One of the hummingbird viewing areas at San Isidro

Near the parking area we were entertained with the presence of a Mountain Wren, a couple Pale-edged Flycatchers, and a Golden-crowned Flycatcher. I heard the beautiful descending song of the Black-billed Peppershrike. The song was slightly reminiscent of the Canyon Wren of North America. We all got looks of the bird, too. Just before boarding the bus we were treated to a Yellow-billed Cacique perched on top of a tree in a nearby valley.

We drove a short distance to Sierrazul Road. It rained off and on during our birding there. The feeding flocks of birds were pretty amazing. Each flock of birds was different. You might travel a bit without seeing or hearing much and then, BAM! A flock of several dozen birds is upon you. Everywhere you look there are birds. All of us could be looking at a single tree and each of us were on separate birds. There were trogons, woodpeckers, treerunners, tapaculos and antpittas calling, tyrannulets, flycatchers, wrens, euphonias, warblers, flowerpiercers, and, of course, many tanagers. And as quickly as they came, they left. What a rush!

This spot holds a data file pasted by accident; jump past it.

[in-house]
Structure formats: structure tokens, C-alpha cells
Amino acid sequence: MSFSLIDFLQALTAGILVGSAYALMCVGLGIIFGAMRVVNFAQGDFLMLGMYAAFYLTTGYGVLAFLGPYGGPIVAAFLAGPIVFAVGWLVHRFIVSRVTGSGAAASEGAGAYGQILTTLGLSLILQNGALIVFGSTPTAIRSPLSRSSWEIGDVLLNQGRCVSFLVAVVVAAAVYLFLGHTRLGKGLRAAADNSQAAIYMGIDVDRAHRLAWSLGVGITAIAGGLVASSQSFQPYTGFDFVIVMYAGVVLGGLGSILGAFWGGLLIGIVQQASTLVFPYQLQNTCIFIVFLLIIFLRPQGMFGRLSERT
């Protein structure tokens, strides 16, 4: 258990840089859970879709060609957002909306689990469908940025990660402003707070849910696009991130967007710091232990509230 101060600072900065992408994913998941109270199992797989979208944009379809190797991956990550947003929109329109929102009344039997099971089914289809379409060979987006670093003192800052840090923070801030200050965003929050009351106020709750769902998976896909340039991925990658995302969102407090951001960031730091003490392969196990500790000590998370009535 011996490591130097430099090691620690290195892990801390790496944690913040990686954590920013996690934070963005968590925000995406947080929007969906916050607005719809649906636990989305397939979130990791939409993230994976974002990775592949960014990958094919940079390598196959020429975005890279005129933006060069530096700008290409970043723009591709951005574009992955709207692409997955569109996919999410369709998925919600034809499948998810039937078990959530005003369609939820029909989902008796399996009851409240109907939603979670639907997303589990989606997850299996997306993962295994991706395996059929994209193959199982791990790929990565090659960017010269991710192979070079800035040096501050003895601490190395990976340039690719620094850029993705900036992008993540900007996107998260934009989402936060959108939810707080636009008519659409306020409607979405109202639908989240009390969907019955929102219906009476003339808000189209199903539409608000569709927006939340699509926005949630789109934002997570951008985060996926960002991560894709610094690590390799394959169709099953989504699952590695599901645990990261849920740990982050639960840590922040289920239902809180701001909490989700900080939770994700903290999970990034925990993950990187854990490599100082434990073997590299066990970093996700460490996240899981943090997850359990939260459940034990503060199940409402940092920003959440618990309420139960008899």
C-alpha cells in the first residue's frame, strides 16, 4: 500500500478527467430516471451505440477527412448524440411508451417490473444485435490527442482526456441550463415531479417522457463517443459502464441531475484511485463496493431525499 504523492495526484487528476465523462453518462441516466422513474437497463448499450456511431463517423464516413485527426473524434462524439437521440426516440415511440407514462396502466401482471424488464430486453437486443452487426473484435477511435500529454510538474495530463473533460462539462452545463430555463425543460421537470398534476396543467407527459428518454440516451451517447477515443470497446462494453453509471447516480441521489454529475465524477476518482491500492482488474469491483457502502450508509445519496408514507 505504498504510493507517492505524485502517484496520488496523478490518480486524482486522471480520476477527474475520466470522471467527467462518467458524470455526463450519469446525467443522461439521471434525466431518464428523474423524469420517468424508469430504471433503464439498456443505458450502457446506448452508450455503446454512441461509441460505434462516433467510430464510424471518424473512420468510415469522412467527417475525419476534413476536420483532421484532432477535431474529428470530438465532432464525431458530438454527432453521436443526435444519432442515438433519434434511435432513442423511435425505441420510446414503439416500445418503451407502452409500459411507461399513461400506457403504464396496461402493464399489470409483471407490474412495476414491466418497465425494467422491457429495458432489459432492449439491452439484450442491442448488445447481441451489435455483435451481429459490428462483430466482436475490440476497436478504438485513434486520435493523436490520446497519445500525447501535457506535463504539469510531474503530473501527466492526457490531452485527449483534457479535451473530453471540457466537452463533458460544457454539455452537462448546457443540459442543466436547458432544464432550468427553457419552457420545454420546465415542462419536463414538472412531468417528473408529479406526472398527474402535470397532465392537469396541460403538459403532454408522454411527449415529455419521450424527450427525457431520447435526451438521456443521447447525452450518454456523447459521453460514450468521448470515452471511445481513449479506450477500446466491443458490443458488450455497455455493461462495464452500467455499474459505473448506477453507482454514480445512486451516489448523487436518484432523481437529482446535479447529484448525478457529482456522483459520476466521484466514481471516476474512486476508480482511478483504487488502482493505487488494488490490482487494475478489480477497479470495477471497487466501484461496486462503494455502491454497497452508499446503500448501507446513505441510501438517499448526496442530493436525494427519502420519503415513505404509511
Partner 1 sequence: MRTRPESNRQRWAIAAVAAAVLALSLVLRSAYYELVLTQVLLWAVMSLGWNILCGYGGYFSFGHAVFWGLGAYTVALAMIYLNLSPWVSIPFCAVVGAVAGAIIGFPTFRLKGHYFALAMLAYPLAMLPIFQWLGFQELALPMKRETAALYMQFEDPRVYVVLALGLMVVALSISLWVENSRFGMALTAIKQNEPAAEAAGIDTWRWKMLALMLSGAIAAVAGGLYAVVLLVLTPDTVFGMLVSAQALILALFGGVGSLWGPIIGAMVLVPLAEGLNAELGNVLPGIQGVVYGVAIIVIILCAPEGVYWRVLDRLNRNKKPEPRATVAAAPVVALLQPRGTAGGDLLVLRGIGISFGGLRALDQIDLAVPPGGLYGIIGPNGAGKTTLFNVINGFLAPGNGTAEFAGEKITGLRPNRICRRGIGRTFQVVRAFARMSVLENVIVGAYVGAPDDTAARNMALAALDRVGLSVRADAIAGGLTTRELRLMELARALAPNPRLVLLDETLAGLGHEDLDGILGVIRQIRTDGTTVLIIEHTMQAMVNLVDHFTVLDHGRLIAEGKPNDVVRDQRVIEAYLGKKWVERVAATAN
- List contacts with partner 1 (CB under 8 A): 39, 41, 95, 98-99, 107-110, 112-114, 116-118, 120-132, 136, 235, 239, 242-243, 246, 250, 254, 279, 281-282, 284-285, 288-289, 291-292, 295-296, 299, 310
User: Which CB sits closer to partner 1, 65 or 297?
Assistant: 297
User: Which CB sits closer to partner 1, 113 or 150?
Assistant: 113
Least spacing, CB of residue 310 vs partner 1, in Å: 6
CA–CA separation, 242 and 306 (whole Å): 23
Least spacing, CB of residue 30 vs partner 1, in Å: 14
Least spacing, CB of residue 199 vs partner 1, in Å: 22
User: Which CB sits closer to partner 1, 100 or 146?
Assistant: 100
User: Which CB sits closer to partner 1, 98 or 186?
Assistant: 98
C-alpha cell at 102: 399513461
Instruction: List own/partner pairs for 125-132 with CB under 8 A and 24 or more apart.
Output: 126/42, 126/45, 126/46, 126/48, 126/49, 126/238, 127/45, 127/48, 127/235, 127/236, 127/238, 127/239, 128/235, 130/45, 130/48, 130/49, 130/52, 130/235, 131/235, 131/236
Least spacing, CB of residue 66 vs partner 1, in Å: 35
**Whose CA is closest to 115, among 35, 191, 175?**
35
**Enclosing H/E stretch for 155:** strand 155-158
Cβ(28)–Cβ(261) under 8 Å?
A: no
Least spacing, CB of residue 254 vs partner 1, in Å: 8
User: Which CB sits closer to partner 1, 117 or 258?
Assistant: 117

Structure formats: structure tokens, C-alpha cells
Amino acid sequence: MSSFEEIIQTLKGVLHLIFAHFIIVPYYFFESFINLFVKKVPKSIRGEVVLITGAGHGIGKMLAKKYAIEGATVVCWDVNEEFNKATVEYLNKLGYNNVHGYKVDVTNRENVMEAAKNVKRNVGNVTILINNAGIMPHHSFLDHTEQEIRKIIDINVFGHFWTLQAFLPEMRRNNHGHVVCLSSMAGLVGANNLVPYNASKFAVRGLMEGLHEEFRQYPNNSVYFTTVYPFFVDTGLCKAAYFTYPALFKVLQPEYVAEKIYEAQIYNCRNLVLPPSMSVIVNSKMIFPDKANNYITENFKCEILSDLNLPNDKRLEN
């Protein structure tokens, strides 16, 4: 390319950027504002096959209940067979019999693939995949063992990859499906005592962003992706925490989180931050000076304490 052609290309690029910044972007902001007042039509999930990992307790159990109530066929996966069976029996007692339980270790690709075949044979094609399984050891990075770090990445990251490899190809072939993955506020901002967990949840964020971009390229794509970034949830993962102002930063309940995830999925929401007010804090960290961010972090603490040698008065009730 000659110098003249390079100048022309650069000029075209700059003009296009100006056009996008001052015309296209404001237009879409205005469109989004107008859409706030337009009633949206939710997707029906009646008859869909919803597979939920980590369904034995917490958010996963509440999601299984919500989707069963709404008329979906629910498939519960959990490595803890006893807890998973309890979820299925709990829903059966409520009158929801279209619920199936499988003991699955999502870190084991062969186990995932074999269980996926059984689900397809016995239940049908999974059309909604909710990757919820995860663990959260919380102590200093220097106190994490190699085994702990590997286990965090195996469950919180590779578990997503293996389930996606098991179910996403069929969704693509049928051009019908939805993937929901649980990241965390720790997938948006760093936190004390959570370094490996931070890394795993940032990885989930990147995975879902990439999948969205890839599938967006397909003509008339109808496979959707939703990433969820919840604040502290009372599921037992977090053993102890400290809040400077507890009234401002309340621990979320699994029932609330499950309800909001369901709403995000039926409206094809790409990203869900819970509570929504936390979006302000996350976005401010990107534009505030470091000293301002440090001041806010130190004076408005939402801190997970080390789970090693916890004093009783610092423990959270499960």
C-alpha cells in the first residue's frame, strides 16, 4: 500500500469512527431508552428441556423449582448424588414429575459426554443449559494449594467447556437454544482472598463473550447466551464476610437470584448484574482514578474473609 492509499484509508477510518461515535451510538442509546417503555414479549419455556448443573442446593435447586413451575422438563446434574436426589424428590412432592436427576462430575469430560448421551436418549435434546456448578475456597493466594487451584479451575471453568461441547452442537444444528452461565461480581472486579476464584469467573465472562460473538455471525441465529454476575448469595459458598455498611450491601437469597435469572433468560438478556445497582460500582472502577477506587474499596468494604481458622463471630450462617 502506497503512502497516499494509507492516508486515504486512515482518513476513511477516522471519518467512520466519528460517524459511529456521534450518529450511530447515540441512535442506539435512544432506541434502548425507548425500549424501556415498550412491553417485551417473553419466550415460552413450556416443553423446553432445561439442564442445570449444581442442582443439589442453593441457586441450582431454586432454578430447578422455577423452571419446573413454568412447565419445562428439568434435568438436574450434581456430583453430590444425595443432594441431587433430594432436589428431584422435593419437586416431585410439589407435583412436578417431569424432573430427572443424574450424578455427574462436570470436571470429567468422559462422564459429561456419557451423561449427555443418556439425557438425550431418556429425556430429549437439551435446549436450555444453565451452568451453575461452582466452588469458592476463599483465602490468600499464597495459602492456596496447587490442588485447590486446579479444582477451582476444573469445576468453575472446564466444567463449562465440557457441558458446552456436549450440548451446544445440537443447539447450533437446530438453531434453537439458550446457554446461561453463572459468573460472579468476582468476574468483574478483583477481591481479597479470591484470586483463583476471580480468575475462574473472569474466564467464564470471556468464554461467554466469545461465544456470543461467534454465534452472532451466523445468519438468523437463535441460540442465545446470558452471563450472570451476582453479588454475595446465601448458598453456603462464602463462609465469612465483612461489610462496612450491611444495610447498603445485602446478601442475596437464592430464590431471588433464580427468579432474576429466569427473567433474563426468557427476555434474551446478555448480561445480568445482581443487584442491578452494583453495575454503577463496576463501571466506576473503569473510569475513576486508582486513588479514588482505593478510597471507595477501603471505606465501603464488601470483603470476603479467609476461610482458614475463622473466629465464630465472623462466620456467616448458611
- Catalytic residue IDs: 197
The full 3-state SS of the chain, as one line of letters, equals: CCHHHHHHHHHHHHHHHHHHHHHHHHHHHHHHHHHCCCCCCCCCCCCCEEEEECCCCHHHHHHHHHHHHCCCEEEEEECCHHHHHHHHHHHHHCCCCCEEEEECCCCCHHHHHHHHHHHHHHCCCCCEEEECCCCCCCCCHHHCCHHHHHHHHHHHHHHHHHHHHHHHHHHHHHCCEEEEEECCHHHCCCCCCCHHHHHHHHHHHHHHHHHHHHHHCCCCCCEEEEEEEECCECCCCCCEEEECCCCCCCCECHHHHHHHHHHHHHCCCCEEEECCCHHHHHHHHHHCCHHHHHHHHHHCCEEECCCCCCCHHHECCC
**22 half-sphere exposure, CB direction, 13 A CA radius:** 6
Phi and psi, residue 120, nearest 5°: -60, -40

Afterwards we headed back to San Isidro to watch hummingbirds. The hummingbirds of Ecuador are just fantastic. Here at San Isidro we were able to sit in chairs under a protected canopy and watch the little gems of the jungle.

Hummingbirds here at San Isidro included Tawny-bellied Hermit, Green and Sparkling Violetears,
Speckled Hummingbird, Fawn-breasted Brilliant, Buff-tailed Coronet, Bronzy and Collared Incas, Buffwinged Starfrontlet, Long-tailed Sylph, and the tiny Gorgeted Woodstar.

Day 9 – August 16, 2014

San Isidro road / Road to Sumaco / Loretto Road / Sumaco Rd
132 species (124 seen; 8 heard only)